Policy 6 (Housing Provision) requires that at least 65% of new housing will be
delivered on previously developed land during the plan period. It is considered that a
reasonable mix of development in terms of dwelling sizes, ranging from 87 – 149
square metres floorspace in both three and four bedroom forms. Having regard to the
circumstances of this site and the fact that the applicant will also be aware of market
Planning Committee Report
8 April 2015
trends, despite the fact that the proposal is not in conformity with Local Plan Policy
H2, it is considered that the proposal is acceptable.
Impact on Residential Amenity
10.17 There has been a history of objections to previous proposals, mostly in terms of
overlooking and loss of privacy. No such representations have been made in respect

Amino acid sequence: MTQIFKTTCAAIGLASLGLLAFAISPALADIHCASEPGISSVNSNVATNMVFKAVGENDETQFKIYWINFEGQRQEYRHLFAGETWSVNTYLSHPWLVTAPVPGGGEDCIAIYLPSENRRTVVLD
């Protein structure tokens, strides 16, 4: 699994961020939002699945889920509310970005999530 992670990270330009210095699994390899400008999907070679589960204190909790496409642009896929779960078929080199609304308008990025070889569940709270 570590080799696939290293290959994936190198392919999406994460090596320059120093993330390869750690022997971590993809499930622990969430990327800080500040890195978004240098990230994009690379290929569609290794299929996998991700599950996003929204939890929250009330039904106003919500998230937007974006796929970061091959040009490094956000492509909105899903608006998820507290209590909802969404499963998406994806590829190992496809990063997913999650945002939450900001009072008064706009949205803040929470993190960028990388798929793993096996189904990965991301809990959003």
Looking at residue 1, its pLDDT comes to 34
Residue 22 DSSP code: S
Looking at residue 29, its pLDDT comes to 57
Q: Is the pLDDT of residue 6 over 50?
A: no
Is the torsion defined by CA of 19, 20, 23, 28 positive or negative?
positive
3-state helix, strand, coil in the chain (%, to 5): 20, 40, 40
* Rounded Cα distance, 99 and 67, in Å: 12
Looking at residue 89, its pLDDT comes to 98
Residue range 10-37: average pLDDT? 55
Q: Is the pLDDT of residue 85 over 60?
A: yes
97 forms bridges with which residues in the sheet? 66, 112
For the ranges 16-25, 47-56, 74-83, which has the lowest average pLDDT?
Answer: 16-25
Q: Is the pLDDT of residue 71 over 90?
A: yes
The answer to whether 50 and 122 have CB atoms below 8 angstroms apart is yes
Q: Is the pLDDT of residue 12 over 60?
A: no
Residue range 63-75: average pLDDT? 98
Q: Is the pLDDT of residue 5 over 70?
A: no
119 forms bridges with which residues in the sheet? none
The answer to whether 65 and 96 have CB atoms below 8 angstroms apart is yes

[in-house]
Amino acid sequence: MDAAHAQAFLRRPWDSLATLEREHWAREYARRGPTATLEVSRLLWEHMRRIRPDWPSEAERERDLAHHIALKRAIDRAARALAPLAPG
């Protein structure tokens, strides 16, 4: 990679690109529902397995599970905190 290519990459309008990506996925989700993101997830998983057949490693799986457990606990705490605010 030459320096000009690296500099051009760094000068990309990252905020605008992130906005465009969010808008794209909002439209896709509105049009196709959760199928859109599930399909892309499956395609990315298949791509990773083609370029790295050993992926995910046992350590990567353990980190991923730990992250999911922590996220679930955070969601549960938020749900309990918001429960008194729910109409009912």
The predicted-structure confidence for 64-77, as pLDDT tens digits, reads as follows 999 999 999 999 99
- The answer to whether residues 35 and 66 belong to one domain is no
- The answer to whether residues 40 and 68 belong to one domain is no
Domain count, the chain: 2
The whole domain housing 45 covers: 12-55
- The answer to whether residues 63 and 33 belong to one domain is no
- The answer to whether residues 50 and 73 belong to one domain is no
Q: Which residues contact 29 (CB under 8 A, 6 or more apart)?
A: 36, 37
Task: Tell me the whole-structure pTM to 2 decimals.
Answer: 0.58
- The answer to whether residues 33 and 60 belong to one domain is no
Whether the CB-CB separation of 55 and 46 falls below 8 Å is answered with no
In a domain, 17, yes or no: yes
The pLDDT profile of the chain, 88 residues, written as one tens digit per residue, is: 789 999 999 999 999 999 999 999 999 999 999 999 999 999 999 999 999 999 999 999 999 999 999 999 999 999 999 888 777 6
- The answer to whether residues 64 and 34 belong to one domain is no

to this application and there are no concerns raised by officers. Loss of privacy to
adjoining dwellings is kept to a minimum with some overlooking of the rear garden of
Station Garage Cottage from first floor bedrooms but there is now no overlooking of
Clayton Cottage, which lies further to the south and which shares a common rear
garden boundary with the site. Conditions are suggested in the recommendation
which restrict new windows in certain elevation to the houses on plots 1, 4 and 6.
Access and Car Parking
10.18 KCC Highways are raising any objection to the scheme as traffic generation from the
proposal is considered acceptable, particularly in view of the existing use of the site.
The widened access has addressed the highways reason for which 13/01428 was
refused. Parking provision is considered acceptable with two spaces provided per